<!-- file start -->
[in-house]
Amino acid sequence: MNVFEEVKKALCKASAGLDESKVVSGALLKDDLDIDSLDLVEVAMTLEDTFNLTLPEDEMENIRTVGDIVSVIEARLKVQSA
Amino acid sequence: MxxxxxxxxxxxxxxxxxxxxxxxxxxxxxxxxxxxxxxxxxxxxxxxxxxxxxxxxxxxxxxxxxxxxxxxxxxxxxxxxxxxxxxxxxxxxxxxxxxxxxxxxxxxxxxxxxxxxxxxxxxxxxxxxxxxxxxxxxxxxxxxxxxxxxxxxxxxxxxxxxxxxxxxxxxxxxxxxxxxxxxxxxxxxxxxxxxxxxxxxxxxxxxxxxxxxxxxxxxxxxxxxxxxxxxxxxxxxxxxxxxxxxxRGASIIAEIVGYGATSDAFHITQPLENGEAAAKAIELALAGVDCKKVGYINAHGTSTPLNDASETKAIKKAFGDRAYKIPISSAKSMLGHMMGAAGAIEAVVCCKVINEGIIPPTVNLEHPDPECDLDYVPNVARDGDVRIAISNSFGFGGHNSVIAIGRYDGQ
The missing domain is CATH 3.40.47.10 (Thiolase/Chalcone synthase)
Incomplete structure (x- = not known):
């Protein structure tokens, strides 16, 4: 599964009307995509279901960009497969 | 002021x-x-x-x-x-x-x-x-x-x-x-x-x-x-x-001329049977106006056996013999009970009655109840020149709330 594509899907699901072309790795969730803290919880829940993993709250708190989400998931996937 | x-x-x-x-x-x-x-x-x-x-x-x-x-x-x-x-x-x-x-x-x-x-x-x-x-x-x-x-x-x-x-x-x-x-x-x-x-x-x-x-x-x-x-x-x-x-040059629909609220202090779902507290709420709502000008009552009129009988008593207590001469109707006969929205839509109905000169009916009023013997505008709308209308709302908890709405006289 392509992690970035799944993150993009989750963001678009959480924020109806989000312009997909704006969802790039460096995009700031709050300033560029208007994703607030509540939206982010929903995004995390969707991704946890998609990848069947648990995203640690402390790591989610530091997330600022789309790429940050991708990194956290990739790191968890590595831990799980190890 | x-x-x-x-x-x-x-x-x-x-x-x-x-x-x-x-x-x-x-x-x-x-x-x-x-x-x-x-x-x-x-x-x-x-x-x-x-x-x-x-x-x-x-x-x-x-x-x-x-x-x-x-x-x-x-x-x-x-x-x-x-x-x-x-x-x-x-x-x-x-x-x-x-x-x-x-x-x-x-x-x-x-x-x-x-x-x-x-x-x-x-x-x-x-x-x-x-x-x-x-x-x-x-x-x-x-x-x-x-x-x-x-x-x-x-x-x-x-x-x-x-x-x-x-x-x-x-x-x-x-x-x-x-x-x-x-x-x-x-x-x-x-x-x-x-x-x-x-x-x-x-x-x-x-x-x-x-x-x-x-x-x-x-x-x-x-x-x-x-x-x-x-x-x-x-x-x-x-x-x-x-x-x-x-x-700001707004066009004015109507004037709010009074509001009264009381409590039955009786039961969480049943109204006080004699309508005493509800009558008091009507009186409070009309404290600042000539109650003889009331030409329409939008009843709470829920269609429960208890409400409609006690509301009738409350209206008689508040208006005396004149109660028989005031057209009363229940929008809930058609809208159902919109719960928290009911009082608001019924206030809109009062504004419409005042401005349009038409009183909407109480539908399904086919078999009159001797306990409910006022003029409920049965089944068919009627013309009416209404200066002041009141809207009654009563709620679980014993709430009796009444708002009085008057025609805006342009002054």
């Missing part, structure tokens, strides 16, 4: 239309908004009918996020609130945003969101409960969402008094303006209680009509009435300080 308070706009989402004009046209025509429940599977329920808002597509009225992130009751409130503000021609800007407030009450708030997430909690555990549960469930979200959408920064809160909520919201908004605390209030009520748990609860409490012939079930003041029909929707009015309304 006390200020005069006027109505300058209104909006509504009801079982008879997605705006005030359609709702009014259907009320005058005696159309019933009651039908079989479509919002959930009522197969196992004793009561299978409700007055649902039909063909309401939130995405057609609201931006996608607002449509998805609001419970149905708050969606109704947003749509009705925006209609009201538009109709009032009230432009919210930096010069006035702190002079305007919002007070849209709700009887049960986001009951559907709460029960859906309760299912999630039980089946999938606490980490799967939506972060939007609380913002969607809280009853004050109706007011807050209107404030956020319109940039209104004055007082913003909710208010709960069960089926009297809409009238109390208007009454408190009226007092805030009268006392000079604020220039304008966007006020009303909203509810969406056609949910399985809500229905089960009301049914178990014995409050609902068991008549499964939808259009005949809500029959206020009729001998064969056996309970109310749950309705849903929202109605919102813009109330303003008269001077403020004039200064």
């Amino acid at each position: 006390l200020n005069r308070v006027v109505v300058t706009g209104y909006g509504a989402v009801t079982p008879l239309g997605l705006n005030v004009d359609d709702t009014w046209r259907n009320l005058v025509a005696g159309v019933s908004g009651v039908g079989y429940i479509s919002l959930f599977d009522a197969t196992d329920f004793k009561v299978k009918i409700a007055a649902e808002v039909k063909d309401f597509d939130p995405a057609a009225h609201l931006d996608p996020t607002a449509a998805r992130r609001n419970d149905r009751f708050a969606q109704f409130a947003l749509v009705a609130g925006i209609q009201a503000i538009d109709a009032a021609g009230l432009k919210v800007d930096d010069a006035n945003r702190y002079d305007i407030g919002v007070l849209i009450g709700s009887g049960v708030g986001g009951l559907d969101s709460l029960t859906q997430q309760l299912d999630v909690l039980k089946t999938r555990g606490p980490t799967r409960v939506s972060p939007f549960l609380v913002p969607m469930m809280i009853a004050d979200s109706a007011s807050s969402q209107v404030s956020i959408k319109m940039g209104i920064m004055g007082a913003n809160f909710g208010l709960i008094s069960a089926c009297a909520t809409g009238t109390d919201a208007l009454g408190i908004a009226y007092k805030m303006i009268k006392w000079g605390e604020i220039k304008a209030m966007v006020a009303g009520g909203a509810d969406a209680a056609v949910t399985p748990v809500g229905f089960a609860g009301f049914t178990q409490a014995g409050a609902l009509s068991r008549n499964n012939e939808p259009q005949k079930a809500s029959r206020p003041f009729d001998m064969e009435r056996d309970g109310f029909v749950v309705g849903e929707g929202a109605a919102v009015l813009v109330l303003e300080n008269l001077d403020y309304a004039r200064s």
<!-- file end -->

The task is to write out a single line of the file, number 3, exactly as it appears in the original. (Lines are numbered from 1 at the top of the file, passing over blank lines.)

Amino acid sequence: MxxxxxxxxxxxxxxxxxxxxxxxxxxxxxxxxxxxxxxxxxxxxxxxxxxxxxxxxxxxxxxxxxxxxxxxxxxxxxxxxxxxxxxxxxxxxxxxxxxxxxxxxxxxxxxxxxxxxxxxxxxxxxxxxxxxxxxxxxxxxxxxxxxxxxxxxxxxxxxxxxxxxxxxxxxxxxxxxxxxxxxxxxxxxxxxxxxxxxxxxxxxxxxxxxxxxxxxxxxxxxxxxxxxxxxxxxxxxxxxxxxxxxxRGASIIAEIVGYGATSDAFHITQPLENGEAAAKAIELALAGVDCKKVGYINAHGTSTPLNDASETKAIKKAFGDRAYKIPISSAKSMLGHMMGAAGAIEAVVCCKVINEGIIPPTVNLEHPDPECDLDYVPNVARDGDVRIAISNSFGFGGHNSVIAIGRYDGQ